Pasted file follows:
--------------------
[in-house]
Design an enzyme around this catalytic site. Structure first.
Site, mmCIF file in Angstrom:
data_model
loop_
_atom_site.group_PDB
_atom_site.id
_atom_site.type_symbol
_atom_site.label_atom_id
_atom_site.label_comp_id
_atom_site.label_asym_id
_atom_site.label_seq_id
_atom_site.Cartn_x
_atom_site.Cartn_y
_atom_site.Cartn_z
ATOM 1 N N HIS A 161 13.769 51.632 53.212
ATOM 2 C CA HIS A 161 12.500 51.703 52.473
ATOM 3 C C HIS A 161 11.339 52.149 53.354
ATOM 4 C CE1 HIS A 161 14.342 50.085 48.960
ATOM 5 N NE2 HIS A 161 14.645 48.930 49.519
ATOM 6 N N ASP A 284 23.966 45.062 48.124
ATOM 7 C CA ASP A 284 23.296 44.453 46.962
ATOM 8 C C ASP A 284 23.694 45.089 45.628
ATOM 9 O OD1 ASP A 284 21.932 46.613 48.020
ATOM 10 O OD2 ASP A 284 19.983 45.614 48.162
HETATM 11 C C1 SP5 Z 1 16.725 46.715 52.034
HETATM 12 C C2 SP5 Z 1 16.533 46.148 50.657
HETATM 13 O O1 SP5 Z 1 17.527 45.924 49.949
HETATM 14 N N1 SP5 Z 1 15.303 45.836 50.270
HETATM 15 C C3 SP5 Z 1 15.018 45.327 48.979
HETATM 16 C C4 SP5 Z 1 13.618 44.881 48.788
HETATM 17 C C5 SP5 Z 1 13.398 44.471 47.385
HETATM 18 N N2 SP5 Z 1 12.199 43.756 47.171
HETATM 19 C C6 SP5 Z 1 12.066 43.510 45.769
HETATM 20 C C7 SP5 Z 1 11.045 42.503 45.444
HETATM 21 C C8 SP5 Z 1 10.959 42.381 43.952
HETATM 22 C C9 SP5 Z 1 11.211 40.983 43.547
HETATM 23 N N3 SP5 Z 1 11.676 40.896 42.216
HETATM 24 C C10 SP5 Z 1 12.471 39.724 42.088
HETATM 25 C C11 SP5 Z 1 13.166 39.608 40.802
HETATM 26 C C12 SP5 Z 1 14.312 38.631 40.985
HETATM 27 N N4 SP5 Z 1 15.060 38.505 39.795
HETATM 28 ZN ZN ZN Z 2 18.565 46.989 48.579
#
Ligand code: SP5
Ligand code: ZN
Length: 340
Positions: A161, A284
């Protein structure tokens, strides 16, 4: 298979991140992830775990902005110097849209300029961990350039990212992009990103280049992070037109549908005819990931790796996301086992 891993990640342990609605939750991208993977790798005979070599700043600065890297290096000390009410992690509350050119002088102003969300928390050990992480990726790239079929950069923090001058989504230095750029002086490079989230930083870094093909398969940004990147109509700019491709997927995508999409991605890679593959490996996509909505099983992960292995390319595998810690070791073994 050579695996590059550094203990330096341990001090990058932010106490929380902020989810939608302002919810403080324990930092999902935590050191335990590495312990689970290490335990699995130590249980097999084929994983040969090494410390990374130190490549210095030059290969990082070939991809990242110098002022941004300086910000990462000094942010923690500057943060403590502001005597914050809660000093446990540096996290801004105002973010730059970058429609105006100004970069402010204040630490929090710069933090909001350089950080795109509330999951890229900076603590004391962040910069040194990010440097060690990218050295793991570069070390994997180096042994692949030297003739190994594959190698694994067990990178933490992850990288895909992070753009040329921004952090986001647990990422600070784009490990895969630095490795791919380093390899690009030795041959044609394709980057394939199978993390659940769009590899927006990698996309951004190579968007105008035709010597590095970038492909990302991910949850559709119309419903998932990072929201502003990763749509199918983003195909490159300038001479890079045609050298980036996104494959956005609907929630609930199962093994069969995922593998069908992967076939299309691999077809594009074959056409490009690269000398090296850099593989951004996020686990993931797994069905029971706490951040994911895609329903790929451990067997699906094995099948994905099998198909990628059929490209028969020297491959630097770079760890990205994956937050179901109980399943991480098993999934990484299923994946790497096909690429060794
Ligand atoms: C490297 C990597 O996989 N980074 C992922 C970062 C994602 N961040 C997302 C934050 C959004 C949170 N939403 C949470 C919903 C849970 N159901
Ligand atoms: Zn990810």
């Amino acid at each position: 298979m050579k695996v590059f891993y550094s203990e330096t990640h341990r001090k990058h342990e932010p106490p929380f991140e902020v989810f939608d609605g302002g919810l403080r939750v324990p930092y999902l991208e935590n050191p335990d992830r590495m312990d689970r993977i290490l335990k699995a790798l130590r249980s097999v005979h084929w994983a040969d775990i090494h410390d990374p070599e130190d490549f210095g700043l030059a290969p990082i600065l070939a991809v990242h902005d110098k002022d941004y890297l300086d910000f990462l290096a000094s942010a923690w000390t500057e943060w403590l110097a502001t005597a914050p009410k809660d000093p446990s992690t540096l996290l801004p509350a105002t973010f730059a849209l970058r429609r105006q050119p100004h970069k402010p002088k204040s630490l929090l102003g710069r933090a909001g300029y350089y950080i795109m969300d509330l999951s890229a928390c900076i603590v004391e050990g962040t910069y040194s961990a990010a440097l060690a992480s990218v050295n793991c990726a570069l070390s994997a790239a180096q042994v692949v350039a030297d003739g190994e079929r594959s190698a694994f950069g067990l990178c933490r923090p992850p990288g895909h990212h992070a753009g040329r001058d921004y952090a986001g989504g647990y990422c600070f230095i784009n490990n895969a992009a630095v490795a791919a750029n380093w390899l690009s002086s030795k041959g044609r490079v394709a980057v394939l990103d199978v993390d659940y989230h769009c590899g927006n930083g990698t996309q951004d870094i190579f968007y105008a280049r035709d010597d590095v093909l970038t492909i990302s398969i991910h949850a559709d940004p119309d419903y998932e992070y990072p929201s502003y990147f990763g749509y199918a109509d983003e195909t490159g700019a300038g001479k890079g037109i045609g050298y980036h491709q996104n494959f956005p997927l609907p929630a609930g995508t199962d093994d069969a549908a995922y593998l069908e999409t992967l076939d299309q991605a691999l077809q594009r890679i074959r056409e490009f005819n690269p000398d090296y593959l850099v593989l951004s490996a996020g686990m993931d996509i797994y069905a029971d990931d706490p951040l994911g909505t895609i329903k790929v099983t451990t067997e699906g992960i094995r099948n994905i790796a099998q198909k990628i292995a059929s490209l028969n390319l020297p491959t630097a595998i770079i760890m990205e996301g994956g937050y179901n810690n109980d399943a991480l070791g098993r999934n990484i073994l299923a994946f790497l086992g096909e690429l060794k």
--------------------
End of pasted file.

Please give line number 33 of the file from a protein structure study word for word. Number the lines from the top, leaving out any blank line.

HETATM 18 N N2 SP5 Z 1 12.199 43.756 47.171